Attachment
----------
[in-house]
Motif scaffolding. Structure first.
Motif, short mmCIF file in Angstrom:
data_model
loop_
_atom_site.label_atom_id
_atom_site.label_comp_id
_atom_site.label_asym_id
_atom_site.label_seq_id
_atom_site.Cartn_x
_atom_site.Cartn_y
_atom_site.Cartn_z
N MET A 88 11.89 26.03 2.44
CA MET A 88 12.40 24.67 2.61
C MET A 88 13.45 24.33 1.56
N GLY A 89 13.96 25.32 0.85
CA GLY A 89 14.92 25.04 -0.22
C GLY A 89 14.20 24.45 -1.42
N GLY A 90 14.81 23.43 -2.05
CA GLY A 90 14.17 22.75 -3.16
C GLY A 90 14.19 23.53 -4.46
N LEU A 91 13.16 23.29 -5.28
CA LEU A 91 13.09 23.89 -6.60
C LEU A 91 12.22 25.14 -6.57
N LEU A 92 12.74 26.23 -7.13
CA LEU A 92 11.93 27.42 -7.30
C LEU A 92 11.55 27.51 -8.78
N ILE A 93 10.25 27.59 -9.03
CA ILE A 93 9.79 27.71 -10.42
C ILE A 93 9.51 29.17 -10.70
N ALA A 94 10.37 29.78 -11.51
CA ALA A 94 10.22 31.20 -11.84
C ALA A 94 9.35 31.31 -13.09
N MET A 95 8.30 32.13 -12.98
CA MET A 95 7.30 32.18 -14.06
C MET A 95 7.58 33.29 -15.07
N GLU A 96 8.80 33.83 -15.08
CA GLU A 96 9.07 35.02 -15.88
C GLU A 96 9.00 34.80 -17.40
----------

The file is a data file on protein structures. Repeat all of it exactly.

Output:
[in-house]
Motif scaffolding. Structure first.
Motif, short mmCIF file in Angstrom:
data_model
loop_
_atom_site.label_atom_id
_atom_site.label_comp_id
_atom_site.label_asym_id
_atom_site.label_seq_id
_atom_site.Cartn_x
_atom_site.Cartn_y
_atom_site.Cartn_z
N MET A 88 11.89 26.03 2.44
CA MET A 88 12.40 24.67 2.61
C MET A 88 13.45 24.33 1.56
N GLY A 89 13.96 25.32 0.85
CA GLY A 89 14.92 25.04 -0.22
C GLY A 89 14.20 24.45 -1.42
N GLY A 90 14.81 23.43 -2.05
CA GLY A 90 14.17 22.75 -3.16
C GLY A 90 14.19 23.53 -4.46
N LEU A 91 13.16 23.29 -5.28
CA LEU A 91 13.09 23.89 -6.60
C LEU A 91 12.22 25.14 -6.57
N LEU A 92 12.74 26.23 -7.13
CA LEU A 92 11.93 27.42 -7.30
C LEU A 92 11.55 27.51 -8.78
N ILE A 93 10.25 27.59 -9.03
CA ILE A 93 9.79 27.71 -10.42
C ILE A 93 9.51 29.17 -10.70
N ALA A 94 10.37 29.78 -11.51
CA ALA A 94 10.22 31.20 -11.84
C ALA A 94 9.35 31.31 -13.09
N MET A 95 8.30 32.13 -12.98
CA MET A 95 7.30 32.18 -14.06
C MET A 95 7.58 33.29 -15.07
N GLU A 96 8.80 33.83 -15.08
CA GLU A 96 9.07 35.02 -15.88
C GLU A 96 9.00 34.80 -17.40